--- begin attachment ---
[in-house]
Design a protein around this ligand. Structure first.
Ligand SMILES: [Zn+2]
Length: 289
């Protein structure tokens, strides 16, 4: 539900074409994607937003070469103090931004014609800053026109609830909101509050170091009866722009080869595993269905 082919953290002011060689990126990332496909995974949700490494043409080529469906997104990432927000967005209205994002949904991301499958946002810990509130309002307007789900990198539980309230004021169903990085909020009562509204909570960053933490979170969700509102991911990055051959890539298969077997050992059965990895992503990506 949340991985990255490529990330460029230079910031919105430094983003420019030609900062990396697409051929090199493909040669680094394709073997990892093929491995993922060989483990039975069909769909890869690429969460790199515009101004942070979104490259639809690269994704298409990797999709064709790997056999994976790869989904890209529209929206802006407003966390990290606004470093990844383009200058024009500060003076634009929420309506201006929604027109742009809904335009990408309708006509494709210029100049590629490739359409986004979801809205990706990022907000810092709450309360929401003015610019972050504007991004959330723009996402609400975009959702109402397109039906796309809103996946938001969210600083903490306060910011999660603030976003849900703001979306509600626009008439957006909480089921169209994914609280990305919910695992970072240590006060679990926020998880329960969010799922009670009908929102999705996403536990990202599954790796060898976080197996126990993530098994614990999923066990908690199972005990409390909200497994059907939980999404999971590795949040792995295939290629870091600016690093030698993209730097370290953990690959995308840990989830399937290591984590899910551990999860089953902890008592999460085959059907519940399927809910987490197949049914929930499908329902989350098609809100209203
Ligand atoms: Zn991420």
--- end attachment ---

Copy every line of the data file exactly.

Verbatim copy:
[in-house]
Design a protein around this ligand. Structure first.
Ligand SMILES: [Zn+2]
Length: 289
């Protein structure tokens, strides 16, 4: 539900074409994607937003070469103090931004014609800053026109609830909101509050170091009866722009080869595993269905 082919953290002011060689990126990332496909995974949700490494043409080529469906997104990432927000967005209205994002949904991301499958946002810990509130309002307007789900990198539980309230004021169903990085909020009562509204909570960053933490979170969700509102991911990055051959890539298969077997050992059965990895992503990506 949340991985990255490529990330460029230079910031919105430094983003420019030609900062990396697409051929090199493909040669680094394709073997990892093929491995993922060989483990039975069909769909890869690429969460790199515009101004942070979104490259639809690269994704298409990797999709064709790997056999994976790869989904890209529209929206802006407003966390990290606004470093990844383009200058024009500060003076634009929420309506201006929604027109742009809904335009990408309708006509494709210029100049590629490739359409986004979801809205990706990022907000810092709450309360929401003015610019972050504007991004959330723009996402609400975009959702109402397109039906796309809103996946938001969210600083903490306060910011999660603030976003849900703001979306509600626009008439957006909480089921169209994914609280990305919910695992970072240590006060679990926020998880329960969010799922009670009908929102999705996403536990990202599954790796060898976080197996126990993530098994614990999923066990908690199972005990409390909200497994059907939980999404999971590795949040792995295939290629870091600016690093030698993209730097370290953990690959995308840990989830399937290591984590899910551990999860089953902890008592999460085959059907519940399927809910987490197949049914929930499908329902989350098609809100209203
Ligand atoms: Zn991420």